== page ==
About seventy years ago two players from two heated rivals dominated the 1941 season. Joe DiMaggio's 56 game hitting streak and Ted William's 0.406 batting average were the lead stories that summer. Both feats have not been equaled since then. While other players had good seasons in 1941, they could not even come close to the seasons these two achieved.
First, let's look back at the AL MVP voting from 1941 (pitchers placed much higher in the MVP voting because there was no Cy Young award yet):
|Rank||Name||Team||Points||1st Place Votes||Vote Share|
As it can be seen, the big two that year ran away with the voting. These six vote getters were the top 4 hitters and top 2 pitchers in 1941according to Rally's historical WAR data set. Here is a comparison of the rate stats and WAR totals for the six:
DiMaggio and Williams were definitely the top two players in the AL that season. Here is a comparison of the individual WAR components for Williams and DiMaggio (thanks to Justin Bopp for the graphic).
Click to enlarge
DiMaggio's defense was not even close enough to make up for the almost 40 extra runs Williams' offense created. Williams' OBP and SLG were each about 100 points higher than DiMaggio's. Just looking at the hitting component of WAR, Williams had the 7th greatest offensive season ever. A couple guys named Ruth and Bonds were the only ones to have better offensive seasons.
The problem Williams faced was that hitting 0.400 was seen then as an achievable feat with Bill Terry in 1930 (thanks to mooksta2 for the correction). Just two season for these two clashed, DiMaggio led the league with a 0.381 average. Since 1941, no player qualified for the batting title has hit 0.400. Tony Gwynn came the closest in 1994 by hitting 0.394.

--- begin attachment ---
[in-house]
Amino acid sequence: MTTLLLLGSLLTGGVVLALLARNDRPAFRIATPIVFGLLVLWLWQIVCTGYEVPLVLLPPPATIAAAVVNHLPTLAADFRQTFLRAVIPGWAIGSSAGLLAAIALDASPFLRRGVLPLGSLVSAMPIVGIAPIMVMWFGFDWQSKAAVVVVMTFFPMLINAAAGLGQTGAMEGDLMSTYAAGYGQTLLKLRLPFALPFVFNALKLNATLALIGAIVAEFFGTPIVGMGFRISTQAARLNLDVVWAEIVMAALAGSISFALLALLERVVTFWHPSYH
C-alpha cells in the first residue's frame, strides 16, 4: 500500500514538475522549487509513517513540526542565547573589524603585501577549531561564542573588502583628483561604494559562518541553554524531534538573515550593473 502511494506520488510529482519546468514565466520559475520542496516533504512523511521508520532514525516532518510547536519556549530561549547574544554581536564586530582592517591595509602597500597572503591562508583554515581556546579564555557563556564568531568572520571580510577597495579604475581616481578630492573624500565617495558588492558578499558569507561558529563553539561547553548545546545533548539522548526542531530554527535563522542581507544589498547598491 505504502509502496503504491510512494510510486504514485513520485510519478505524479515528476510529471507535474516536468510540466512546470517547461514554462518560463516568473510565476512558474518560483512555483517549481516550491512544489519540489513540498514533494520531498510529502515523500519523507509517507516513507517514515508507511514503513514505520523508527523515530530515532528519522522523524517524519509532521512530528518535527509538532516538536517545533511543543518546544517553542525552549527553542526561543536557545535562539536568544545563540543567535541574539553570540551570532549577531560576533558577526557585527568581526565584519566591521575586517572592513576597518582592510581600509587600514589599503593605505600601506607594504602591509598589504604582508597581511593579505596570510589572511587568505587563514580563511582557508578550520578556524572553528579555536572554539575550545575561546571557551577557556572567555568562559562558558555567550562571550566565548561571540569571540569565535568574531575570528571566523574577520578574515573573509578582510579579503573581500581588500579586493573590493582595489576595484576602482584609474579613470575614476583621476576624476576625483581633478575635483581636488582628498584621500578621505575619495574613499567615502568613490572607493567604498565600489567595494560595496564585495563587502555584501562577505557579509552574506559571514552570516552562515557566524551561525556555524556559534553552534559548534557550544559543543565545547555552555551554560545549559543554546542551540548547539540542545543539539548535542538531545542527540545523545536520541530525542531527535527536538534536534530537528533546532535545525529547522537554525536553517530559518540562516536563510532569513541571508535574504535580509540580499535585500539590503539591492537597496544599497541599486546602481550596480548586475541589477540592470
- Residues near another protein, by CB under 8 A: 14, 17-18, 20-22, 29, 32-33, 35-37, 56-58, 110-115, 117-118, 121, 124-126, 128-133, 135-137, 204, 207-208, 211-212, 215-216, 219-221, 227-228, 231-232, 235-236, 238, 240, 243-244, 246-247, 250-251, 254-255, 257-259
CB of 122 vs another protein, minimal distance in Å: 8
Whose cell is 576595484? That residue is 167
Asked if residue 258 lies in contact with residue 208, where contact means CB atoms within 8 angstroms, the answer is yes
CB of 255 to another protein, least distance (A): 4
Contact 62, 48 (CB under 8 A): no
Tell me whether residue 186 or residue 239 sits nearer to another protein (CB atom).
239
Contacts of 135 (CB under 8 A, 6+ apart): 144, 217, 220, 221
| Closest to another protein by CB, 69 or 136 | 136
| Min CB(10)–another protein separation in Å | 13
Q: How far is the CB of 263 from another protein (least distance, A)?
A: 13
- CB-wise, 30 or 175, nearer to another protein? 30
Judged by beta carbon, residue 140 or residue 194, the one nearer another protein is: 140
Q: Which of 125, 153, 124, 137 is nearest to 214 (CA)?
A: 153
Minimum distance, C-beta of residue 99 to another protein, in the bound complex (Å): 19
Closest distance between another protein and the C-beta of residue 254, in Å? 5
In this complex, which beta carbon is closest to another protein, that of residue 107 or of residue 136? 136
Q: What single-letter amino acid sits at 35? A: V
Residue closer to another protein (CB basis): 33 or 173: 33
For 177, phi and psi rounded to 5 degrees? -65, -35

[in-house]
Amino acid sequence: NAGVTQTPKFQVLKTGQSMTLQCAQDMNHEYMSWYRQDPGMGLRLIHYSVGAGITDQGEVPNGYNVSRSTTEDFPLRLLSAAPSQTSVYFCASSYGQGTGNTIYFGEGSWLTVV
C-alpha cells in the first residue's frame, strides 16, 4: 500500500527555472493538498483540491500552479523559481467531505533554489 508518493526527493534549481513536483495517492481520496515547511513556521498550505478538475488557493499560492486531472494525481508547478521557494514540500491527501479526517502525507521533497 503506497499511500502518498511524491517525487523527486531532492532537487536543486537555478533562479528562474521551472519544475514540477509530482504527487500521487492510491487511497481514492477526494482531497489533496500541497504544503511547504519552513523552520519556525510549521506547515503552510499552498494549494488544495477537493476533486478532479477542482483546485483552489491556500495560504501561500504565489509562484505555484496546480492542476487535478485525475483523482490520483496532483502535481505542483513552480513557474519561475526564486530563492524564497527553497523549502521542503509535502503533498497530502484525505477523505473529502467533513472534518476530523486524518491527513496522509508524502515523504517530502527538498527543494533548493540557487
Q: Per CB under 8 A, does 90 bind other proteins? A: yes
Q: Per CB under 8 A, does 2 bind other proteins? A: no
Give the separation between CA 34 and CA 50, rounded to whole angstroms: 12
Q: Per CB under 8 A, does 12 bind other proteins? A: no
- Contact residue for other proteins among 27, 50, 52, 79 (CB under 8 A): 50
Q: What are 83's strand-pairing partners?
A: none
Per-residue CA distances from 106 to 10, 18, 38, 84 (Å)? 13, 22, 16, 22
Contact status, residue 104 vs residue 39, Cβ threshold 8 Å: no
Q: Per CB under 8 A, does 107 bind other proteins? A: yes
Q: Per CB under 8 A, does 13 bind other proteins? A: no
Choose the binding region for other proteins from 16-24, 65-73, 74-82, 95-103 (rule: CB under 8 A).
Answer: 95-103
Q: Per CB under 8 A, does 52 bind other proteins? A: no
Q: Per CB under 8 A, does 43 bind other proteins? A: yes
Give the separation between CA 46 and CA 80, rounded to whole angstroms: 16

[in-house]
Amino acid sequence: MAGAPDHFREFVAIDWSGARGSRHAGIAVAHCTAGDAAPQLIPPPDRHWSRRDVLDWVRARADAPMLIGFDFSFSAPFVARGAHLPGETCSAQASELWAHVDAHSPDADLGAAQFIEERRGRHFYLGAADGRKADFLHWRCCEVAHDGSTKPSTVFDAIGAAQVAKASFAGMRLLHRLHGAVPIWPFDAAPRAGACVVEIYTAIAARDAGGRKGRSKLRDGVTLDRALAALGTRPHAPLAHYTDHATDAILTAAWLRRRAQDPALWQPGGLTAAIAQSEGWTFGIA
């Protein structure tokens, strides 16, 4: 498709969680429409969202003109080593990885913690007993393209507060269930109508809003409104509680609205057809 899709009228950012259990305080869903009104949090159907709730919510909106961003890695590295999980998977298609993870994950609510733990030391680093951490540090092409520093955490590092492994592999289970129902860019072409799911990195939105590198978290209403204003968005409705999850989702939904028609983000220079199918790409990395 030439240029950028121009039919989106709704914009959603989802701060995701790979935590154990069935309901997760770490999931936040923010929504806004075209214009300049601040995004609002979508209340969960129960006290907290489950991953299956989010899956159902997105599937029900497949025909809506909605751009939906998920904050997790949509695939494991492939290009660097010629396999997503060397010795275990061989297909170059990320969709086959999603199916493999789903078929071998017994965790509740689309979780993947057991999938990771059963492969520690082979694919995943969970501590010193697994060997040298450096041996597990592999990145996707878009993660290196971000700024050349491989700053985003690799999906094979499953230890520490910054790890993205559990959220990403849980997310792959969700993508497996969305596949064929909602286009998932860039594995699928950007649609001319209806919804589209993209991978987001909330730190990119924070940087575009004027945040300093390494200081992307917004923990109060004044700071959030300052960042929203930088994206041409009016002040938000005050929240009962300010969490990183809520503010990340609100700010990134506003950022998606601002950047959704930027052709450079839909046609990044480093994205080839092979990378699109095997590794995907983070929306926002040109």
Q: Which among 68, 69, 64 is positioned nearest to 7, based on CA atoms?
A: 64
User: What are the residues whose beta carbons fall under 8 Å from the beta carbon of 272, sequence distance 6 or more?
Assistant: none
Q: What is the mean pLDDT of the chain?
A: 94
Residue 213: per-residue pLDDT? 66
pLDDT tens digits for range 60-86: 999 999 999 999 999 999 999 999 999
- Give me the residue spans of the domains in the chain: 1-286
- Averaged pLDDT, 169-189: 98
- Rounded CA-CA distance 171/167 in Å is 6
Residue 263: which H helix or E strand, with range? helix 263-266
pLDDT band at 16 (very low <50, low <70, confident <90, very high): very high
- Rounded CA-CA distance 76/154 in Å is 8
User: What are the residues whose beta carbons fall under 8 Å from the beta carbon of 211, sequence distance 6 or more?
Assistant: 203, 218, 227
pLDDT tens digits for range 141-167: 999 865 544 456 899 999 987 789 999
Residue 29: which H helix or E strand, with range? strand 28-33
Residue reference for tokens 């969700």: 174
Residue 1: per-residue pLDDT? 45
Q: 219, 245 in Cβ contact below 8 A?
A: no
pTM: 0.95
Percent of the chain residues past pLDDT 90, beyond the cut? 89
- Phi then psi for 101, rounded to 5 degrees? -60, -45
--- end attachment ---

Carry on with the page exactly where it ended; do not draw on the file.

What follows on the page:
A 56 game hitting streak at the time seemed out of this world and is still unbelievable. The record at the time was 45 games by Willie Keeler. The closest anyone has come to breaking the record was when Pete Rose got to 44 games in 1978.
With both players having a great season, voters might have been persuaded by the 17 games that the Yankees won the division by over the Red Sox. 1998 was a great example of winning team bias in MVP voting. Sammy Sosa got the nod over Mark McGwire for the MVP even though McGwire hit more home runs than Sosa when both broke Roger Maris's home run record. Sosa ran away with the MVP vote, getting 30 of the 32 first place votes, by leading the Cubs into the playoffs (and of course losing once there).
I was wondering how voters today would vote if two players would have similar type seasons. I think they might be more inclined to vote for person hitting 0.400, vice the long hitting streak because there is some better understanding of advanced metrics. Also it has been a while since either milestone has happened so both will catch the public's attention. I hope one day to see just one of these feats, but for both to happen in the same year is extraordinary.